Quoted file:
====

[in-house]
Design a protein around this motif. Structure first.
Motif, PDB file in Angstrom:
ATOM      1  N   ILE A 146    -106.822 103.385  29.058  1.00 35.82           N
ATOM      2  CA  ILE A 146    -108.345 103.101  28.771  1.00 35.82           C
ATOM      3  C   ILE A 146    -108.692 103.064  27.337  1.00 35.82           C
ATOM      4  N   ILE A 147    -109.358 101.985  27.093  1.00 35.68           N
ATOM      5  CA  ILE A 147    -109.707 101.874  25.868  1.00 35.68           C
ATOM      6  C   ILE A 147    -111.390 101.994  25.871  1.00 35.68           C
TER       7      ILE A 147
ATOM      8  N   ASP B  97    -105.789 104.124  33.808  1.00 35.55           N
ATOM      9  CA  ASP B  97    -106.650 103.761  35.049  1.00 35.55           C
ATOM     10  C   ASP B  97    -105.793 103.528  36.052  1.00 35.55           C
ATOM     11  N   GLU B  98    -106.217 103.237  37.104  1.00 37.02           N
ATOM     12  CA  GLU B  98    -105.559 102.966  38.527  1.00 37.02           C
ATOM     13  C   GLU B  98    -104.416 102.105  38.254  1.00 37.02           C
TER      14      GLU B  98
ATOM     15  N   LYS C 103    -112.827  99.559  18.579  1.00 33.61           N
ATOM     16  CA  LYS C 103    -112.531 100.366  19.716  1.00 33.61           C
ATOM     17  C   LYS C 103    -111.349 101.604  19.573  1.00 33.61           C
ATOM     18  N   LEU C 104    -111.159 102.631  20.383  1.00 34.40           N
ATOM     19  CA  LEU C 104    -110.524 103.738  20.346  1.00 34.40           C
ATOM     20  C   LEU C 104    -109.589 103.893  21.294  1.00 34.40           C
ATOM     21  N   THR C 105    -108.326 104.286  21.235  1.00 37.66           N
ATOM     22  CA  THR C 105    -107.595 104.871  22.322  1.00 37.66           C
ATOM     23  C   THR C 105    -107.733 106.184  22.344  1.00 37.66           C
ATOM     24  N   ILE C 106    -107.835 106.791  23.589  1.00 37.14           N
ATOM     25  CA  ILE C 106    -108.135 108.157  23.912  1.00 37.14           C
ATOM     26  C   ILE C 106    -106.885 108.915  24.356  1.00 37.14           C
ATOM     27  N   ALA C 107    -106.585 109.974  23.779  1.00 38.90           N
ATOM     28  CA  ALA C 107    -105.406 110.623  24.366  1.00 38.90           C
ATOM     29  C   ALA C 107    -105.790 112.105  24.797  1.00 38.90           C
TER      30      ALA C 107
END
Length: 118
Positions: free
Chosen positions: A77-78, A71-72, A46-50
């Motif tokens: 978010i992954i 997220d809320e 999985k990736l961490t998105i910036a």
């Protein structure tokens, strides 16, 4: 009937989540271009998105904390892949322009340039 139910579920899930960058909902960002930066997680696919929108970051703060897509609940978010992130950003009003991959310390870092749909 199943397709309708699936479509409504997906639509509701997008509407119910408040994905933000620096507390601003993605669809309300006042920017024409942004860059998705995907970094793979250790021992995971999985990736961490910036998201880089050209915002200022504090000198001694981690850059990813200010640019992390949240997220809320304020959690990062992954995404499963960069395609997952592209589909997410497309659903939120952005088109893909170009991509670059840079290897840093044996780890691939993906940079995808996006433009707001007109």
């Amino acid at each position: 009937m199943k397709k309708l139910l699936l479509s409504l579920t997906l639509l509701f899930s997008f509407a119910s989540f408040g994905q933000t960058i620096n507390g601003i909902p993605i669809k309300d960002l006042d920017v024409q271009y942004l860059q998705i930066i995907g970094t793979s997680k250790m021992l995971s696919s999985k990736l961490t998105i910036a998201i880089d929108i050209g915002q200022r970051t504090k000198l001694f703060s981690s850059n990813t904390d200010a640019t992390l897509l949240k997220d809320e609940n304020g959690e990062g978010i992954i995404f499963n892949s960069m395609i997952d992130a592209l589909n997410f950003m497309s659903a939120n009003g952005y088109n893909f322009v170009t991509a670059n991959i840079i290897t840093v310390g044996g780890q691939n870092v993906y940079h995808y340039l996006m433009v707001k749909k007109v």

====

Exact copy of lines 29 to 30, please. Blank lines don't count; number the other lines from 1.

ATOM     26  C   ILE C 106    -106.885 108.915  24.356  1.00 37.14           C
ATOM     27  N   ALA C 107    -106.585 109.974  23.779  1.00 38.90           N